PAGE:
Government dropping Windrush review recommendations was unlawful, High Court rules

19 June 2024, 12:12 | Updated: 19 June 2024, 14:45

The government's decision to drop recommendations made following the Windrush review was unlawful, the High Court has ruled.

Windrush victim Trevor Donald, 68, brought legal action against the Home Office after the government decided not to proceed with all the recommendations made by an independent review into the scandal.

Lawyer Wendy Williams published the Windrush Lessons Learned Review in 2020, with all 30 recommendations initially accepted by then home secretary Priti Patel.

The Windrush scandal refers to British citizens, who mostly arrived from the Caribbean on HMT Empire Windrush, who were wrongly detained, deported or threatened with deportation despite having the right to live in the UK.

It erupted in 2018, with campaigners since saying it should be known as the Home Office scandal.

Many of them lost jobs and homes, and were denied healthcare and benefits access.

In January 2023, then home secretary Suella Braverman, dropped three of the 30 recommendations originally accepted by her predecessor.

The recommendations were: to hold reconciliation events; increase the powers of the independent chief inspector of borders and immigration (ICIBI); and a commitment to establish a migrants' commissioner.

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On Wednesday, Mrs Justice Heather Williams ruled dropping two of the recommendations - the migrants commissioner role and the ICIBI - had a "disproportionately prejudicial effect upon Windrush victims" and indirectly discriminated against them.

She also said it was unlawful and "conspicuously unfair" for the ICIBI recommendation to be dropped without consulting the Windrush community and Ms Williams.

The judge added: "I conclude that an inference can be drawn from the evidence before the court that the decision not to proceed... was a matter of considerable concern and hurt to a significant number of Windrush victims, given, in particular, that a cause of the scandal was a failure to listen to the voices of those from the Windrush community."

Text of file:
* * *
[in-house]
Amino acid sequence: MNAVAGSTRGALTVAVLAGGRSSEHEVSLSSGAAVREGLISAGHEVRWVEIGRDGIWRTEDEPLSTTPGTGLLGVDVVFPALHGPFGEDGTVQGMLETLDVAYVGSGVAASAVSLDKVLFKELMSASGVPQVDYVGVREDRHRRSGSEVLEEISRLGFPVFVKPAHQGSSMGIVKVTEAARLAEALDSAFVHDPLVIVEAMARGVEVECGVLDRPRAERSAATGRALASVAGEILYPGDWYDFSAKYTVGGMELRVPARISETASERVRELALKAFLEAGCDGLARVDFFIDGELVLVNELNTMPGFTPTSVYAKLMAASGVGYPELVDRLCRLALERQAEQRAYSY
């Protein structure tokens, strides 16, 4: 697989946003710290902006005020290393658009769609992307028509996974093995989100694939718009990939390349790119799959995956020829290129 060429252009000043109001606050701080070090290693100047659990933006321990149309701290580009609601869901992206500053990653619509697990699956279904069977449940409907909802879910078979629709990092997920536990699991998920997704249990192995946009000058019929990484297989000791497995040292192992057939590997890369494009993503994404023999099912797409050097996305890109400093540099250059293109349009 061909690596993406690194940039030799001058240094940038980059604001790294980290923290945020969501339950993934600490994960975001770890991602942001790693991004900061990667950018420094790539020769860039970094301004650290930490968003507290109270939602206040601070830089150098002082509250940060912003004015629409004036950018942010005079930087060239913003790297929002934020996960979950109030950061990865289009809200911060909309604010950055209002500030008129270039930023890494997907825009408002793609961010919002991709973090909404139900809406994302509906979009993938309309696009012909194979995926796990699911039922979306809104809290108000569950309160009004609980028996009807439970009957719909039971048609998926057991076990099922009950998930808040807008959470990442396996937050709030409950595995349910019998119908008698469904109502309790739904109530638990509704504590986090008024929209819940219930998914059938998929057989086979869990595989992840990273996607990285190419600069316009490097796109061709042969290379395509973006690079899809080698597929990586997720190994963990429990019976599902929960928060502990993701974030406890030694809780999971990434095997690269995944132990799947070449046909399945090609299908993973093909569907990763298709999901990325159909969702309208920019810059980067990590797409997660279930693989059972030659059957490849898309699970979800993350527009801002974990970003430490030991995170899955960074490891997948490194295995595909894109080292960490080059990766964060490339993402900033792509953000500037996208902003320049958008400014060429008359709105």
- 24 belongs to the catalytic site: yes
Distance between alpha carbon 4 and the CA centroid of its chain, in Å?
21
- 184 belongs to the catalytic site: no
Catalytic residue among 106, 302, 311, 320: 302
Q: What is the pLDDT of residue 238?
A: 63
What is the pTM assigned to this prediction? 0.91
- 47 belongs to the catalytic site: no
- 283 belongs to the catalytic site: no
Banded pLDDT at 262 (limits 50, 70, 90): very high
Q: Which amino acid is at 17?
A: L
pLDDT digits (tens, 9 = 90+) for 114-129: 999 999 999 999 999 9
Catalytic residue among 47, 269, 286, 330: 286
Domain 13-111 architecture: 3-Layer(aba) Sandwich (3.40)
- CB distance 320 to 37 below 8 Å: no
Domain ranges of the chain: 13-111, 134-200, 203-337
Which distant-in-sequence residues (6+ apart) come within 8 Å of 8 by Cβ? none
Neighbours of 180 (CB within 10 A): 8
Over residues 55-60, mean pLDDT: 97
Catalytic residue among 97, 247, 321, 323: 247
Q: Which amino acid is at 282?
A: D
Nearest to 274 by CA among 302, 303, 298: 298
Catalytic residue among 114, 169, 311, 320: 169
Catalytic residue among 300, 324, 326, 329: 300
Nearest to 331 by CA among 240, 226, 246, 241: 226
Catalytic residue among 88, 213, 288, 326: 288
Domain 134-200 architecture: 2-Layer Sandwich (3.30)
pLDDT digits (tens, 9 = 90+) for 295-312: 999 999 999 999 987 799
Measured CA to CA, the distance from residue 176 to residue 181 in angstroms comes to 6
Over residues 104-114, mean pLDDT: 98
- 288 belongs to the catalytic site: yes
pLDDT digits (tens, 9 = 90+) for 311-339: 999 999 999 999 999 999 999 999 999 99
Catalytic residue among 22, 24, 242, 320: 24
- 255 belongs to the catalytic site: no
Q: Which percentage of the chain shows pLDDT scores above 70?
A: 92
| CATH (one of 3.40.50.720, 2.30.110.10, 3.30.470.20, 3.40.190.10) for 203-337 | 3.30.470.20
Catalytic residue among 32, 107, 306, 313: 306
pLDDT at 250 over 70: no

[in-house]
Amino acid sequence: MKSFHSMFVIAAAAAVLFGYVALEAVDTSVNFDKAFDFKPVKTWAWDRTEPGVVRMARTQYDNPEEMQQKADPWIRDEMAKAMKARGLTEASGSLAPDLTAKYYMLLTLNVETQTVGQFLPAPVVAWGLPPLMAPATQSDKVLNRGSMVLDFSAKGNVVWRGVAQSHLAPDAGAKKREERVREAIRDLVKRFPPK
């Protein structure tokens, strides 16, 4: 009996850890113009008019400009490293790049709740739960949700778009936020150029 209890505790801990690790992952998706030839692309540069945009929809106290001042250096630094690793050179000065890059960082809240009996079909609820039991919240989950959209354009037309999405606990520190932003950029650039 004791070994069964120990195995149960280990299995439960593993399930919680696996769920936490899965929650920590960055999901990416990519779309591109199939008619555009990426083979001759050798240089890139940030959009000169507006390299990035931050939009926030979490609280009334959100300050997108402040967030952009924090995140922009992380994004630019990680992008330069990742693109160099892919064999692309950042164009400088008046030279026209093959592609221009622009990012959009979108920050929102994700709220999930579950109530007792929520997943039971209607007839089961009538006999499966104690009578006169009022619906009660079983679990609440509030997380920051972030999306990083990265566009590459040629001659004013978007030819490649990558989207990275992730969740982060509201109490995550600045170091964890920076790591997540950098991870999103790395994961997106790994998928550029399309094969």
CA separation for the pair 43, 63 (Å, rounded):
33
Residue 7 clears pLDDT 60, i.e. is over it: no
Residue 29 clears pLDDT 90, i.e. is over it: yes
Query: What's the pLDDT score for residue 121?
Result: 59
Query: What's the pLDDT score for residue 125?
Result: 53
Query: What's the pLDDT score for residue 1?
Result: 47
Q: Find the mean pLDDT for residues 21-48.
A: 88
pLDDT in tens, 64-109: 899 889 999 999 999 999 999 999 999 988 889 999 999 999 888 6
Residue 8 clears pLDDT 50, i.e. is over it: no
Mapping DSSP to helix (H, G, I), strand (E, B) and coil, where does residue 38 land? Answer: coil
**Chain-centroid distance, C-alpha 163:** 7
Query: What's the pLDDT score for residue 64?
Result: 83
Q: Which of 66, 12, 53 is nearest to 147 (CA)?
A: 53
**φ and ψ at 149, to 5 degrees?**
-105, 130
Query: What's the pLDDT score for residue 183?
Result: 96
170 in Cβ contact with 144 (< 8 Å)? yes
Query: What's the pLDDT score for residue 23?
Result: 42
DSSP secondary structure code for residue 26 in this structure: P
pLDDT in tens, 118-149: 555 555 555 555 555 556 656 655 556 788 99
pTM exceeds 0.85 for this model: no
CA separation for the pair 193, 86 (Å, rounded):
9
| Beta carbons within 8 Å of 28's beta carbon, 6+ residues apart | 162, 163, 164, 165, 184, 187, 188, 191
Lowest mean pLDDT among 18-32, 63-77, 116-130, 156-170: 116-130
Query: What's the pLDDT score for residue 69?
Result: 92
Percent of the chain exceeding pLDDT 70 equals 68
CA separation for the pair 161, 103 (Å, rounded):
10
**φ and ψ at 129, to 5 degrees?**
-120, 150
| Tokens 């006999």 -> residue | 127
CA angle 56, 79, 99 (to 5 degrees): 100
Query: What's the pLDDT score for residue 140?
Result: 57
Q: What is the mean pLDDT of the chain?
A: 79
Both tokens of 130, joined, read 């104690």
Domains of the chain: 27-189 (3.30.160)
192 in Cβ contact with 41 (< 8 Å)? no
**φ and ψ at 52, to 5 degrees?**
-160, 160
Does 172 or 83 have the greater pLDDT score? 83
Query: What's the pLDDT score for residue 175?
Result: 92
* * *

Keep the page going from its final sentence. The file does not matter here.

Mr Donald, who was born in Jamaica in 1955, lived in the UK for 43 years after arriving in 1967.

Upon returning to the UK after a visit to Jamaica in 2010, he was refused entry - which is when he became a Windrush victim, his lawyers said.

He was eventually allowed to re-enter the UK after the scandal emerged in 2018 and was given indefinite leave to remain before being granted British citizenship in January 2022.

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The judge said Mr Donald "missed critical moments in the lives of his children and lost his council flat and most of his possessions".

A further hearing is now expected to consider any damages due to Mr Donald.

The chief executive of the Black Equity Organisation (BEO), Timi Okuwa, said after the ruling: "With Windrush Day on Saturday, we remember and stand with all Windrush scandal victims, survivors and their descendants.

"Therefore, BEO welcomes today's decision that confirms that Suella Braverman's decision to drop these recommendations was unlawful.

"We are especially pleased that Mrs Justice Williams recognised the discrimination of the Windrush generation in her judgment.

"We are committed to working with the next government to ensure that all the Williams Report recommendations are fully implemented. The work isn't done.

"We will continue to hold public institutions to account to ensure that institutional racism is eradicated from our society."

Following the ruling, Unison general secretary Christina McAnea said: "The hostile environment had devastating consequences for those affected by the Windrush scandal.

"Rather than learning the lessons, the government's response has been dire.

"No government is above the law.

"Thankfully the then home secretary's been caught bang to rights.

"Ministers must treat all people with dignity and respect, and act with integrity.

"The hope is the next government will act quickly to make amends to this disgraceful chapter in our history."